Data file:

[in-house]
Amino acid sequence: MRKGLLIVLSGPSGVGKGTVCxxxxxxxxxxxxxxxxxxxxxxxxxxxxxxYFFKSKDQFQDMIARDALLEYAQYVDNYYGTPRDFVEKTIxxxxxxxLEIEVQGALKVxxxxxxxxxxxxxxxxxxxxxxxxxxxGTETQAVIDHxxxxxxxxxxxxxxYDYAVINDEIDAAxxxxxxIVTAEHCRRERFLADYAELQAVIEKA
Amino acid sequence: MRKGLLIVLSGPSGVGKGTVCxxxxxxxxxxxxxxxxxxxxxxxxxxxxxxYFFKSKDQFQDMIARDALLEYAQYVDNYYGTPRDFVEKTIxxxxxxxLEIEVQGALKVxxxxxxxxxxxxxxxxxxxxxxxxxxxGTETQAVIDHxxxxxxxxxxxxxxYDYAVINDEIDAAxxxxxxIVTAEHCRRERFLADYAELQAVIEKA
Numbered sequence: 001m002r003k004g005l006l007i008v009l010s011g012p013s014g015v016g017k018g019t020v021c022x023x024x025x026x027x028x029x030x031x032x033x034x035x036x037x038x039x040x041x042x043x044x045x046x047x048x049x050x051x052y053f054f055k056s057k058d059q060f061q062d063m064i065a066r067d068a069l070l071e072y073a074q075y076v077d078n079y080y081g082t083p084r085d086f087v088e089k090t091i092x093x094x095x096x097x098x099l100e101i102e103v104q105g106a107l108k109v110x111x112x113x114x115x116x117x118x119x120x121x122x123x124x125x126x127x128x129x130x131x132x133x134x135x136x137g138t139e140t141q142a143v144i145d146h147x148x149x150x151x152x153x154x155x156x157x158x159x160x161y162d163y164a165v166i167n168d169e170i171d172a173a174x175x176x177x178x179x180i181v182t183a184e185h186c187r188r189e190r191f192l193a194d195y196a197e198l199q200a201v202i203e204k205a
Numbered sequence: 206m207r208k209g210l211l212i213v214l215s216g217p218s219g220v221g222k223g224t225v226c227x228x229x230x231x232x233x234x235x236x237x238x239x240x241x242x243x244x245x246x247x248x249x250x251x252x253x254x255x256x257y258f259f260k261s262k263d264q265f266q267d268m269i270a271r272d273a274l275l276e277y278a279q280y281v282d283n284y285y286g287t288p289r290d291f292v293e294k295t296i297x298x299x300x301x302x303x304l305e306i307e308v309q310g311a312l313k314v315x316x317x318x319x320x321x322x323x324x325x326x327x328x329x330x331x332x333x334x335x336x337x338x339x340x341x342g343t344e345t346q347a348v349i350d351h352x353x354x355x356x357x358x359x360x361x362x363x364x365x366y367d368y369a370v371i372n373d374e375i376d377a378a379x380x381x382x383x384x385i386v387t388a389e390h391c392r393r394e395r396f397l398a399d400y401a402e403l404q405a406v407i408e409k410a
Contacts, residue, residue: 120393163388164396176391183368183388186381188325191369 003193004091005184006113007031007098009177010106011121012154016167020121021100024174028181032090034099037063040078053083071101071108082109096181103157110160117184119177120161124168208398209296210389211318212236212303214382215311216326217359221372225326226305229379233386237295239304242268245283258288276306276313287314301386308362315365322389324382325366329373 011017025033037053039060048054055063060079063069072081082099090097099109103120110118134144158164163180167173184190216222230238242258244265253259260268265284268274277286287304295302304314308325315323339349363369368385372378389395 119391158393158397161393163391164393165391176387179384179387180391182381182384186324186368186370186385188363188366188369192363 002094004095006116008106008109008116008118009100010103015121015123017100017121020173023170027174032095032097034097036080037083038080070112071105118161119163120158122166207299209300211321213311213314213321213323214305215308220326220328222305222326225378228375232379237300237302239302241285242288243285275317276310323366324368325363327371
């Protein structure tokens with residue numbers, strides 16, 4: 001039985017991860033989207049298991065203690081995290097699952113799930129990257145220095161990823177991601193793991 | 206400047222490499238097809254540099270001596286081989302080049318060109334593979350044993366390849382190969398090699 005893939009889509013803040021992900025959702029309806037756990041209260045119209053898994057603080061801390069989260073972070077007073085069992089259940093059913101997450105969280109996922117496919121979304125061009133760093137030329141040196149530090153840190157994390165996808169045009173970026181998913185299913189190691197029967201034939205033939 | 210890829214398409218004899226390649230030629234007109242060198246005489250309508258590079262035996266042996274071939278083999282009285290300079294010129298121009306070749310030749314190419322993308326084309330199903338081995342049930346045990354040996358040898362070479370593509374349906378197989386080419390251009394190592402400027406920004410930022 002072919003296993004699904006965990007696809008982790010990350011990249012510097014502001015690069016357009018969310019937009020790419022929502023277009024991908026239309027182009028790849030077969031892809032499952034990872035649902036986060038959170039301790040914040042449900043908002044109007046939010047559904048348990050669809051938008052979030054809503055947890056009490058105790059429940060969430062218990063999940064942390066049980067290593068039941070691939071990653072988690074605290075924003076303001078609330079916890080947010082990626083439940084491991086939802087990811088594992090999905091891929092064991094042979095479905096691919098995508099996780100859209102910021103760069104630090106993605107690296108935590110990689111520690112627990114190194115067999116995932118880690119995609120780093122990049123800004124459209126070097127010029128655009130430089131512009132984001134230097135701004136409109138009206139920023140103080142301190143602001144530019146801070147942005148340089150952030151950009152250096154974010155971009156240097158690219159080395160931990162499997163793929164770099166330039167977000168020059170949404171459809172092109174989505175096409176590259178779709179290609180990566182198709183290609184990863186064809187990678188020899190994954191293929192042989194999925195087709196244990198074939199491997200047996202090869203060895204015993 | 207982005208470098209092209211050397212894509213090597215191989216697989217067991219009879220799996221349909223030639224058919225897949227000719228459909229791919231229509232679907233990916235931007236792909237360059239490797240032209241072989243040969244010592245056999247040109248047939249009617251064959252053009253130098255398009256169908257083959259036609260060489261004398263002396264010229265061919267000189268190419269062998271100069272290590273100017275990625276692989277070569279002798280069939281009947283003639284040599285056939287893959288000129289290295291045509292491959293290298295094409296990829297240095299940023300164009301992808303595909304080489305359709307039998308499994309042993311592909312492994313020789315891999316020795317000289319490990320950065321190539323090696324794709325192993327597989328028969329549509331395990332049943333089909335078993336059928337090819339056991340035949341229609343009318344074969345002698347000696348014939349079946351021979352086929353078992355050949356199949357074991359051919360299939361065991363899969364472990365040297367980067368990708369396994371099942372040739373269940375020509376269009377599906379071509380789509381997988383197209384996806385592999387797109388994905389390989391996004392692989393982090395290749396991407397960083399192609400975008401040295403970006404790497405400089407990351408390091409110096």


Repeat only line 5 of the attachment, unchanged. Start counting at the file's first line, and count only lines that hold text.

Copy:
Numbered sequence: 206m207r208k209g210l211l212i213v214l215s216g217p218s219g220v221g222k223g224t225v226c227x228x229x230x231x232x233x234x235x236x237x238x239x240x241x242x243x244x245x246x247x248x249x250x251x252x253x254x255x256x257y258f259f260k261s262k263d264q265f266q267d268m269i270a271r272d273a274l275l276e277y278a279q280y281v282d283n284y285y286g287t288p289r290d291f292v293e294k295t296i297x298x299x300x301x302x303x304l305e306i307e308v309q310g311a312l313k314v315x316x317x318x319x320x321x322x323x324x325x326x327x328x329x330x331x332x333x334x335x336x337x338x339x340x341x342g343t344e345t346q347a348v349i350d351h352x353x354x355x356x357x358x359x360x361x362x363x364x365x366y367d368y369a370v371i372n373d374e375i376d377a378a379x380x381x382x383x384x385i386v387t388a389e390h391c392r393r394e395r396f397l398a399d400y401a402e403l404q405a406v407i408e409k410a